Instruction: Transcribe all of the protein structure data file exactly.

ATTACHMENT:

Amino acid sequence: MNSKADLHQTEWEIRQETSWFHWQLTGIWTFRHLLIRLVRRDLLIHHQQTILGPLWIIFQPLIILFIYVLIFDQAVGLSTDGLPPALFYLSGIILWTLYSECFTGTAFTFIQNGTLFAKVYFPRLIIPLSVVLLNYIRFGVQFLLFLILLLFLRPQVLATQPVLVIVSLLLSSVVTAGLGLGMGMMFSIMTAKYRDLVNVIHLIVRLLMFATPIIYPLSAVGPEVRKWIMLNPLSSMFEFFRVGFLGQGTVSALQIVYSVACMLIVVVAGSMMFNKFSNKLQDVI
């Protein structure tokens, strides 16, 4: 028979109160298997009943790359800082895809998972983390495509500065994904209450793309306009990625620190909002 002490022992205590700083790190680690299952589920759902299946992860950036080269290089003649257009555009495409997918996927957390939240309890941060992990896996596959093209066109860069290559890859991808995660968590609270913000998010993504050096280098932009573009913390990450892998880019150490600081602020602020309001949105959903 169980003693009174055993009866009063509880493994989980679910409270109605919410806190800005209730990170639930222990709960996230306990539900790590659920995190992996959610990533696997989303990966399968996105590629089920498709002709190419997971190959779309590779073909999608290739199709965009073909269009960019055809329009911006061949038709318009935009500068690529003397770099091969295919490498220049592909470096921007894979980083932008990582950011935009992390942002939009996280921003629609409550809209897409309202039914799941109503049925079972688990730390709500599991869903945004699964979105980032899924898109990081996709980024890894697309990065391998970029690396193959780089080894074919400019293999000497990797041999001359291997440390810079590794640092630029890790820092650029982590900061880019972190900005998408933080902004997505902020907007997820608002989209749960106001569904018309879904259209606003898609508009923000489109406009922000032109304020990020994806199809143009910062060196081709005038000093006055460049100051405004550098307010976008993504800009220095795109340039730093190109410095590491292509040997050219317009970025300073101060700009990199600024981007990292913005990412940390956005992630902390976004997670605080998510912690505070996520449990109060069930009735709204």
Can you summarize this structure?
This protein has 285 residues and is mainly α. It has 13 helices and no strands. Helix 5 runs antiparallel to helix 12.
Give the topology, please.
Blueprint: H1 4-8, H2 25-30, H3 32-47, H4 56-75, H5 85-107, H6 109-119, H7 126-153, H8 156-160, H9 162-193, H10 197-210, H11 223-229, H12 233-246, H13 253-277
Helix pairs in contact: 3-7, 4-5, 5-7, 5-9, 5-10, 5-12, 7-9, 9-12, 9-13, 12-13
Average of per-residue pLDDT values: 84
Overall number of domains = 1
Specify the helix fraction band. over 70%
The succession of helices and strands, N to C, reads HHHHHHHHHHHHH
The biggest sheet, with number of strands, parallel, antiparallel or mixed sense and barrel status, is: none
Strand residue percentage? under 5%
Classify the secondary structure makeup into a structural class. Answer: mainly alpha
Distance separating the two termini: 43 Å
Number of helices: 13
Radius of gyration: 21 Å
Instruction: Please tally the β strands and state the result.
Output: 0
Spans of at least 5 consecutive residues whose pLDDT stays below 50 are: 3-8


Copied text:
Amino acid sequence: MNSKADLHQTEWEIRQETSWFHWQLTGIWTFRHLLIRLVRRDLLIHHQQTILGPLWIIFQPLIILFIYVLIFDQAVGLSTDGLPPALFYLSGIILWTLYSECFTGTAFTFIQNGTLFAKVYFPRLIIPLSVVLLNYIRFGVQFLLFLILLLFLRPQVLATQPVLVIVSLLLSSVVTAGLGLGMGMMFSIMTAKYRDLVNVIHLIVRLLMFATPIIYPLSAVGPEVRKWIMLNPLSSMFEFFRVGFLGQGTVSALQIVYSVACMLIVVVAGSMMFNKFSNKLQDVI
């Protein structure tokens, strides 16, 4: 028979109160298997009943790359800082895809998972983390495509500065994904209450793309306009990625620190909002 002490022992205590700083790190680690299952589920759902299946992860950036080269290089003649257009555009495409997918996927957390939240309890941060992990896996596959093209066109860069290559890859991808995660968590609270913000998010993504050096280098932009573009913390990450892998880019150490600081602020602020309001949105959903 169980003693009174055993009866009063509880493994989980679910409270109605919410806190800005209730990170639930222990709960996230306990539900790590659920995190992996959610990533696997989303990966399968996105590629089920498709002709190419997971190959779309590779073909999608290739199709965009073909269009960019055809329009911006061949038709318009935009500068690529003397770099091969295919490498220049592909470096921007894979980083932008990582950011935009992390942002939009996280921003629609409550809209897409309202039914799941109503049925079972688990730390709500599991869903945004699964979105980032899924898109990081996709980024890894697309990065391998970029690396193959780089080894074919400019293999000497990797041999001359291997440390810079590794640092630029890790820092650029982590900061880019972190900005998408933080902004997505902020907007997820608002989209749960106001569904018309879904259209606003898609508009923000489109406009922000032109304020990020994806199809143009910062060196081709005038000093006055460049100051405004550098307010976008993504800009220095795109340039730093190109410095590491292509040997050219317009970025300073101060700009990199600024981007990292913005990412940390956005992630902390976004997670605080998510912690505070996520449990109060069930009735709204």
Can you summarize this structure?
This protein has 285 residues and is mainly α. It has 13 helices and no strands. Helix 5 runs antiparallel to helix 12.
Give the topology, please.
Blueprint: H1 4-8, H2 25-30, H3 32-47, H4 56-75, H5 85-107, H6 109-119, H7 126-153, H8 156-160, H9 162-193, H10 197-210, H11 223-229, H12 233-246, H13 253-277
Helix pairs in contact: 3-7, 4-5, 5-7, 5-9, 5-10, 5-12, 7-9, 9-12, 9-13, 12-13
Average of per-residue pLDDT values: 84
Overall number of domains = 1
Specify the helix fraction band. over 70%
The succession of helices and strands, N to C, reads HHHHHHHHHHHHH
The biggest sheet, with number of strands, parallel, antiparallel or mixed sense and barrel status, is: none
Strand residue percentage? under 5%
Classify the secondary structure makeup into a structural class. Answer: mainly alpha
Distance separating the two termini: 43 Å
Number of helices: 13
Radius of gyration: 21 Å
Instruction: Please tally the β strands and state the result.
Output: 0
Spans of at least 5 consecutive residues whose pLDDT stays below 50 are: 3-8